There is no doubt that security officials are already familiar with the US government’s NIST Cybersecurity Framework, a set of standards and public practices for managing cybersecurity risks and promoting organizational security. But that doesn’t mean employers follow suit, especially if their company or business doesn’t require it.

Cam Roberson, vice president at Beachhead Solutions, expects 2023 to be a big year for interest in the use of the NIST system — even if it’s not mandated.

“Many companies are realizing that even if they are not necessarily NIST-compliant, the system still provides comprehensive security guidance and best practices that apply to many government-required projects (such as CMMC or DFARS) and other companies. Specific laws (HIPAA and similar) where businesses must see ongoing compliance,” said Roberson.

Groups and organizations are initially focused on where to start – security is a big challenge going forward – and how to model will find some kind of methodology in a model like NIST.

“Five ‘core’ services in more than 100 subcategories provided by NIST go into how CIOs, CISOs, and security professionals can identify and identify threats, then respond and recover from them as they arise. important,” says Roberson.

“NIST will continue to emerge in 2023 as the industry standard — perhaps becoming the de facto standard — that businesses can base their security plans against.”

The same can be true for other existing standards and tools, such as the CIS Kubernetes Benchmark or the MITER ATT&CK Framework.

Roberson thinks the NIST Framework could be the go-to in 2023 because of its depth and breadth.

Roberson says, “The risk of breaches and compliance gaps is very high, and NIST will continue to emerge in 2023 as an industry standard – perhaps becoming the standard of truth – that businesses can support. their defense against,” Roberson says. “We’re going to see a lot of other companies making efforts to get NIST accreditation.”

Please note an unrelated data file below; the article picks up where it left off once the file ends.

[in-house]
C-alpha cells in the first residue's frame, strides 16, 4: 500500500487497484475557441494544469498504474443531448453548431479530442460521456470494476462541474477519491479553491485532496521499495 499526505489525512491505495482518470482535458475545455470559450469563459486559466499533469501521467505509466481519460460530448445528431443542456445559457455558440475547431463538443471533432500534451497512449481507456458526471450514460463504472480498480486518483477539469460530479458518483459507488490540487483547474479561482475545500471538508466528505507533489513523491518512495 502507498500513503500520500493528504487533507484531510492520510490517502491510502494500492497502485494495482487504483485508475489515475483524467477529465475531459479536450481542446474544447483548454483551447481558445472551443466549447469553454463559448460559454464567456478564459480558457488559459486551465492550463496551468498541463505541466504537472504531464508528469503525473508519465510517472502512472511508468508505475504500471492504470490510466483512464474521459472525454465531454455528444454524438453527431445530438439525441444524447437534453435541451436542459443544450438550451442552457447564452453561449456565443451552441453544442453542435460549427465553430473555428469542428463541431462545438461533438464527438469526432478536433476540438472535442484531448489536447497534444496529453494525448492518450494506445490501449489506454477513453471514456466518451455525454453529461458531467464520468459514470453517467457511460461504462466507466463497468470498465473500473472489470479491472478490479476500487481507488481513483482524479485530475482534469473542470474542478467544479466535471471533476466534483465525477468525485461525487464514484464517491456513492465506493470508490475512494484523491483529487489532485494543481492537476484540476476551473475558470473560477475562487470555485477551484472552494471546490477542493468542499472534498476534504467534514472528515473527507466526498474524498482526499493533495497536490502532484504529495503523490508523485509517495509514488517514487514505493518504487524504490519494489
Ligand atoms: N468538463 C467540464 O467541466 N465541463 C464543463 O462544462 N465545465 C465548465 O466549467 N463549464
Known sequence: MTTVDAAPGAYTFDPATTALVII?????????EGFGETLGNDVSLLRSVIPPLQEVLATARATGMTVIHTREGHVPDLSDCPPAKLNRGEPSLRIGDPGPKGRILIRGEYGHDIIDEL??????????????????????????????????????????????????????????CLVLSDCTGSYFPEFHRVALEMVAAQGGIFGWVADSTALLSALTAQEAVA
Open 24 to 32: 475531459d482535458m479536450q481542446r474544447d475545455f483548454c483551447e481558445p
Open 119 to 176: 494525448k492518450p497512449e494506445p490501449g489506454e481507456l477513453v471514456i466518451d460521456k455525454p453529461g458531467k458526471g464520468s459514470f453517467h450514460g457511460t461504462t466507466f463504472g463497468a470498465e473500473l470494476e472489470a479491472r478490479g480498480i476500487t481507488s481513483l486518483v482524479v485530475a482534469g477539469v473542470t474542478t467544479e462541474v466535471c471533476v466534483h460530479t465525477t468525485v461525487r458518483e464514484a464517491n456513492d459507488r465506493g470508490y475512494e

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3. As mobile computing grows, so does the need for face protection

As new (or new) IT paradigms become common – the cloud is one of the most popular examples of the last decade or so – the preservation of the paradigm is inevitable is also important. (See also: clouds, again.)

With the system of computing and radars – or working – of many IT leaders in the coming year, front protection is almost certain to give more attention.

Like the cloud before it, edge computing is not “more secure” than the embedded version – it introduces new or different risks and challenges.

As Jeremy Linden, director of product management at Asimily, told us last year: “Edge computing can create more complexity, which can make securing the whole process more difficult. Regardless of which That said, there is nothing less secure about desktop computers.”

Instead, front-end security must require the same thing every IT security department needs: proper planning and prioritization. 2023 will be an important year for setting the foundation.

Also, check out our recent round-up – 11 resources to boost your dating journey in 2023 – to give your future plans a boost.

4. The same applies to AI / ML projects